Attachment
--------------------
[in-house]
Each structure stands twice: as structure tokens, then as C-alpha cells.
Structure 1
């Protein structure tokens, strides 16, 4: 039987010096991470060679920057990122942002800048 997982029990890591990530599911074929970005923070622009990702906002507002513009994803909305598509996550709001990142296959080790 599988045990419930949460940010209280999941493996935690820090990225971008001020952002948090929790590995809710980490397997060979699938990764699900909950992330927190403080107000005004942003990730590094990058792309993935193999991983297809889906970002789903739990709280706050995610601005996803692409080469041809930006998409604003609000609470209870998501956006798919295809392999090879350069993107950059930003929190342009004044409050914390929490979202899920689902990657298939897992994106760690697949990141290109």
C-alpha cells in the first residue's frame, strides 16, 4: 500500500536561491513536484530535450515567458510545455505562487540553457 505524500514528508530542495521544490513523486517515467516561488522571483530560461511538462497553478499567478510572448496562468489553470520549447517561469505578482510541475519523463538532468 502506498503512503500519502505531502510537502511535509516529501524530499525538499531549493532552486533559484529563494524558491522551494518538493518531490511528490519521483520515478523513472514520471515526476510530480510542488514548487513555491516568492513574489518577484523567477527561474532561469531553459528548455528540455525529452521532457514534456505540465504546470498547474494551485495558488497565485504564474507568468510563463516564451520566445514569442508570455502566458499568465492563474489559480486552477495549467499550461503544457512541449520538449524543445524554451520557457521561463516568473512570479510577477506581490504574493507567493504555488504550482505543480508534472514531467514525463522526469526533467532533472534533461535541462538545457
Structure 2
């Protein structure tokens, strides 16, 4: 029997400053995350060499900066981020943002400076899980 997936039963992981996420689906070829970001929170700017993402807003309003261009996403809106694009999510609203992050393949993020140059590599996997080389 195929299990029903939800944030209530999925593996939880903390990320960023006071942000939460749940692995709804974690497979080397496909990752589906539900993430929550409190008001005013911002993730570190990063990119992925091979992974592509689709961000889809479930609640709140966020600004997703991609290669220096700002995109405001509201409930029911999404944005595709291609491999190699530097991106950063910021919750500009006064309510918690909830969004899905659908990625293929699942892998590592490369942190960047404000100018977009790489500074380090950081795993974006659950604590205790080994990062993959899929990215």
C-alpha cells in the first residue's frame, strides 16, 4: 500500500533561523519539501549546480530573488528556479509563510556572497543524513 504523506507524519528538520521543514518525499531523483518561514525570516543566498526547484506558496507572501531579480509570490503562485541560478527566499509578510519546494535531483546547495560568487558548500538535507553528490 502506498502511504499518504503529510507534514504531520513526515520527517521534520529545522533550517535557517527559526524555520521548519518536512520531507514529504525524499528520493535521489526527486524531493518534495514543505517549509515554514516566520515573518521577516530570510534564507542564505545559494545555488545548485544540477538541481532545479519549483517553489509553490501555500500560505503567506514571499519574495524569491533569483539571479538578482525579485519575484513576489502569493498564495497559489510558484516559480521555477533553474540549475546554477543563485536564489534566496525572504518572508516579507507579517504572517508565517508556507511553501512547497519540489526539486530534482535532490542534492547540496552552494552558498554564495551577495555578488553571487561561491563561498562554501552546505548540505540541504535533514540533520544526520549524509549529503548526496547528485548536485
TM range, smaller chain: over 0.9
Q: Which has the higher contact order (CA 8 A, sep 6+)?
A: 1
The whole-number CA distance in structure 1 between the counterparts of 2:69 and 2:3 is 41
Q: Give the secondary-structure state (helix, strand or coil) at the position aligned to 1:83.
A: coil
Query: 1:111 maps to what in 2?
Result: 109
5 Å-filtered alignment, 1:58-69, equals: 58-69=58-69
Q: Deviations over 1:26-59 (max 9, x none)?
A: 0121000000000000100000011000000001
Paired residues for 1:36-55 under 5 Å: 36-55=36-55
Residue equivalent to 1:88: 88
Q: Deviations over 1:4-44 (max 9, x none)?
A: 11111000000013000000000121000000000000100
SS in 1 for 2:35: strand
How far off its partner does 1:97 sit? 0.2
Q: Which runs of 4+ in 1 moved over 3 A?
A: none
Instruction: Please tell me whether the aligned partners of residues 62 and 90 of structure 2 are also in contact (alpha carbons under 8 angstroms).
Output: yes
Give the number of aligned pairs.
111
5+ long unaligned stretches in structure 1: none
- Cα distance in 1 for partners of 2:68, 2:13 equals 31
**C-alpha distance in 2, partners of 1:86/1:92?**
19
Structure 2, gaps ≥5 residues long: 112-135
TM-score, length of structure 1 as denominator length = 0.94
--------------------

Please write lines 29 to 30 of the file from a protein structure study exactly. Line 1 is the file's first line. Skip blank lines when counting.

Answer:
Output: yes
Give the number of aligned pairs.